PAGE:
On behalf of the Christian Democratic Party I am pleased to speak in support of the Road Transport Amendment (Mandatory Alcohol Interlock Program) Bill 2014. Earlier this week, this House dealt with a related bill and the Christian Democratic Party strongly supported that bill as well. This is the second stage of the Government’s plan to reduce accidents on New South Wales roads caused through the consumption of alcohol and/or drugs. In the 12 months prior to February this year 12.7 per cent of fatal accidents on New South Wales roads involved alcohol and 43 people died in those accidents. That is 43 immediate families, not to mention extended families and friends, who experienced the loss of a loved one as a result of drink-driving.
During my 33 years in this place, I have been relentless in campaigning against the harmful impact of alcohol. Over the years I have introduced a series of bills dealing with alcohol advertising, the labelling of liquor and so on.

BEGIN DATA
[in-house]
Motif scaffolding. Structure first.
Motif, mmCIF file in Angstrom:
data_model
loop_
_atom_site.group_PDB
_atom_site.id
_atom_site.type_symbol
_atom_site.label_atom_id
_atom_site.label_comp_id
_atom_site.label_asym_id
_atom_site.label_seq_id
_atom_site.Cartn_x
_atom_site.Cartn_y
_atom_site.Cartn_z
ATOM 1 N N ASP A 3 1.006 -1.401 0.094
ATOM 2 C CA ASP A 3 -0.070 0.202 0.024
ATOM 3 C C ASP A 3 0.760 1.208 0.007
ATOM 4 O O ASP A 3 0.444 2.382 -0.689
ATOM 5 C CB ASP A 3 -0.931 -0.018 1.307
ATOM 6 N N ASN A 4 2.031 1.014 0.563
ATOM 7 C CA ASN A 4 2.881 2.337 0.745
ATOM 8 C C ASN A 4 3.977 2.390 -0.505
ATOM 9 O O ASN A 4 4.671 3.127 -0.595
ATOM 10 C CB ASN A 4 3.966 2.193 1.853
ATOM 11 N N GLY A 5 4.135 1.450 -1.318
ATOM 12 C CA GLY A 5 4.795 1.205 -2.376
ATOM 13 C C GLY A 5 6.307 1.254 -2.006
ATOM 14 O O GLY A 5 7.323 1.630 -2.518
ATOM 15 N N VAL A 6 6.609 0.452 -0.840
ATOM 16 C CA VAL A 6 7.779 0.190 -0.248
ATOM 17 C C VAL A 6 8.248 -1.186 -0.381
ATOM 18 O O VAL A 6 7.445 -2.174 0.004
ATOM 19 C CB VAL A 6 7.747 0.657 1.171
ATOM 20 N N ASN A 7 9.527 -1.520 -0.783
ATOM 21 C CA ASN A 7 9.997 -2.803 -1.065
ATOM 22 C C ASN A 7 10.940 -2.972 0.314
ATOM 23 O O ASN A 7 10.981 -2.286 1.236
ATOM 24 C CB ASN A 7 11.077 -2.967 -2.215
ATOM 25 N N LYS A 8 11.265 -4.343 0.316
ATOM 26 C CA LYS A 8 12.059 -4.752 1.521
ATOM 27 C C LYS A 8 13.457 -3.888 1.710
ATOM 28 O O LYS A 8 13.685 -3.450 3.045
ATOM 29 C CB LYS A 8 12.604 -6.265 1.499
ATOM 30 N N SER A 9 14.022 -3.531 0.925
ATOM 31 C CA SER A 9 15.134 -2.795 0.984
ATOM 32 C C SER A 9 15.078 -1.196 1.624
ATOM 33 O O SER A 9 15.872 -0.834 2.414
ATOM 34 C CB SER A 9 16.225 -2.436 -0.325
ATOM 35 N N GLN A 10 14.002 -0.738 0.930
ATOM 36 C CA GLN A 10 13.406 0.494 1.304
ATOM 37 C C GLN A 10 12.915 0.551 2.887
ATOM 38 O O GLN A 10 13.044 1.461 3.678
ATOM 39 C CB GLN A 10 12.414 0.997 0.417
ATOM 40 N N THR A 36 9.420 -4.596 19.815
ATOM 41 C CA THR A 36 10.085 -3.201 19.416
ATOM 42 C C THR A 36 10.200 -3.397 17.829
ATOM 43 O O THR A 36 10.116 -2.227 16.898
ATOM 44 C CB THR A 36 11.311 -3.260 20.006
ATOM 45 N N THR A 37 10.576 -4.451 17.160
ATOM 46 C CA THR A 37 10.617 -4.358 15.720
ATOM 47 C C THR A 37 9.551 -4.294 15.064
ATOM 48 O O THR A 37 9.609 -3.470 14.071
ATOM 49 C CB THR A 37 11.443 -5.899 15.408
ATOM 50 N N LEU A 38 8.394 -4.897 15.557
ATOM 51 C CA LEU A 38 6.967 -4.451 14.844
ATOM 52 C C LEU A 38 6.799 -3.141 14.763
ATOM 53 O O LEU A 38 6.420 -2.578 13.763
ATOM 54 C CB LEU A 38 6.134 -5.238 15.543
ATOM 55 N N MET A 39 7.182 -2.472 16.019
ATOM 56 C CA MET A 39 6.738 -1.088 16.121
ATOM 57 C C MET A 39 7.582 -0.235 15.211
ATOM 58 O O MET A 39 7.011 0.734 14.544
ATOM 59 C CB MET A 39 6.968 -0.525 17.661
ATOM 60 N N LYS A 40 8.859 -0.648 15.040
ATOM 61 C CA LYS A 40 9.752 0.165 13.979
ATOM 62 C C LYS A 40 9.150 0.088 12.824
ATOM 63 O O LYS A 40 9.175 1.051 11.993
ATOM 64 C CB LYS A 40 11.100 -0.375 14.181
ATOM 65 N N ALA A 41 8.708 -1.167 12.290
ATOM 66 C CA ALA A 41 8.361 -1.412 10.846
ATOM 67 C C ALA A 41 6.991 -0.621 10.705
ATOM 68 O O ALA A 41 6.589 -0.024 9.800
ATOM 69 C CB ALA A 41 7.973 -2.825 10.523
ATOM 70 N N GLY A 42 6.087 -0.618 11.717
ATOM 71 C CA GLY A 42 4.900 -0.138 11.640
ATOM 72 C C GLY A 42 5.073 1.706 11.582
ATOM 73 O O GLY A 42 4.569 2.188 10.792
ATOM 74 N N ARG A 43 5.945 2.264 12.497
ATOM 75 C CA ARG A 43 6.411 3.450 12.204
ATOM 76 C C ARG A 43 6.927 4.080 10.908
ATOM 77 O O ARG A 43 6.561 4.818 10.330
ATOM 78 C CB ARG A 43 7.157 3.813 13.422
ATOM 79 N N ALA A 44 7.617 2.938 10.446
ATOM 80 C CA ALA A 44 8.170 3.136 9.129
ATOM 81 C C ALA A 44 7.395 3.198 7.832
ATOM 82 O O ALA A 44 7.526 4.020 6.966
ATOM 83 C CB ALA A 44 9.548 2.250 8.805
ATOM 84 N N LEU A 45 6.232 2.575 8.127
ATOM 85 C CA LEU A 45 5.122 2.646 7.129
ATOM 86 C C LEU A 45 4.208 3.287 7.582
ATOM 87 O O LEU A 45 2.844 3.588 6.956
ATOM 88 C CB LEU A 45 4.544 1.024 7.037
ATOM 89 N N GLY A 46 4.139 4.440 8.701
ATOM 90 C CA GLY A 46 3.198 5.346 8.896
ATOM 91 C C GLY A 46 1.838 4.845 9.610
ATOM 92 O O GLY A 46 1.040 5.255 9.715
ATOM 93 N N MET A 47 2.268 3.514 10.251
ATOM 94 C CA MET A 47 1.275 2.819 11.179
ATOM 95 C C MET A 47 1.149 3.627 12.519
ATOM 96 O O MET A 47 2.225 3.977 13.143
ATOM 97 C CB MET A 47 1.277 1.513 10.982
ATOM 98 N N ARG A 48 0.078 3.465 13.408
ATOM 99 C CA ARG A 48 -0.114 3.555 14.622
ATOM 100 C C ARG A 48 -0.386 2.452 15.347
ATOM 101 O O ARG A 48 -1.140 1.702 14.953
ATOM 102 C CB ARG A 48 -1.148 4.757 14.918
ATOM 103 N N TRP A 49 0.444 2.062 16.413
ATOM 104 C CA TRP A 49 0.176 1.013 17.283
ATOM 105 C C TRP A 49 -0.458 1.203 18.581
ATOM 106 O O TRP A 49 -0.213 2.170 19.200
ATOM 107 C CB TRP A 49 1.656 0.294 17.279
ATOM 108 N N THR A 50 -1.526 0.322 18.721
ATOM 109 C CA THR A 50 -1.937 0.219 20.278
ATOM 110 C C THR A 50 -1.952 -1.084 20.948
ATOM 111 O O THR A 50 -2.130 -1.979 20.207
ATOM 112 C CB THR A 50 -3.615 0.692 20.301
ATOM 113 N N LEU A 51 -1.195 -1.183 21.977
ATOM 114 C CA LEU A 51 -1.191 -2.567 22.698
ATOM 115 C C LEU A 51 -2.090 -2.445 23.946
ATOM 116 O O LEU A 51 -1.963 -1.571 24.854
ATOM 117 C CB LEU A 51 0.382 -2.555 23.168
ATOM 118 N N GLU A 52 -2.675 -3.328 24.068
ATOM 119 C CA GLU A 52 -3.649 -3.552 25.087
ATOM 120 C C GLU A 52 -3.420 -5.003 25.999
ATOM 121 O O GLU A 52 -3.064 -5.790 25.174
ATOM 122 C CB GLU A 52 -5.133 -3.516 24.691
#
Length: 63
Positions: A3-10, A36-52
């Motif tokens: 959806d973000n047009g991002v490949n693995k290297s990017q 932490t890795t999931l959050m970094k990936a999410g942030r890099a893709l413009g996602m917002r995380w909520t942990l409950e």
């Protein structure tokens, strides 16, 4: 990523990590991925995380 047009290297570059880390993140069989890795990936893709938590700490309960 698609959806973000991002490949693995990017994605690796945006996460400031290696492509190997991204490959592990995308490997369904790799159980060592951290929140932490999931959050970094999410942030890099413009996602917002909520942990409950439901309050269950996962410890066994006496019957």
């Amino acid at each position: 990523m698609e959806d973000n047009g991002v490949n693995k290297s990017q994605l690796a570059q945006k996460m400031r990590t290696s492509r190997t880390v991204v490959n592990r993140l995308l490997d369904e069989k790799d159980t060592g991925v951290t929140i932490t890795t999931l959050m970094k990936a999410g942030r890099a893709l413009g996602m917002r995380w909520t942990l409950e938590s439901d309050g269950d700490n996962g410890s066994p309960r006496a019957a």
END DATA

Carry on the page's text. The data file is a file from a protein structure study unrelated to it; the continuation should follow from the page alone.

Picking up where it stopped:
This bill is a big step in the right direction. It will introduce a mandatory alcohol interlock program for serious and repeat drink-driving offenders in New South Wales. It is my recommendation to the Government that individuals involved in serious and repeat drink-driving offences should not be allowed to drive, full stop, that they should have their driving licence permanently cancelled and that, if they are caught behind the wheel of a car without a licence, they go to jail.
The program will replace the voluntary interlock program that has been operating in New South Wales since 2003 and will target serious and repeat drink-drive offenders who are facing licence disqualification for drink-driving.
When implemented, the mandatory program is expected to reduce the reoffending rate of high-risk drink-drivers from the current one-in-six to one-in-twelve. This equates to a reduction of around 500 offences per year.
In addition, Roads and Maritime Services will update its current licensing policy and procedures to ensure all drink-drivers who are convicted of a second or subsequent offence in a five-year period sit a specially-created drink-driving knowledge test prior to returning to driving.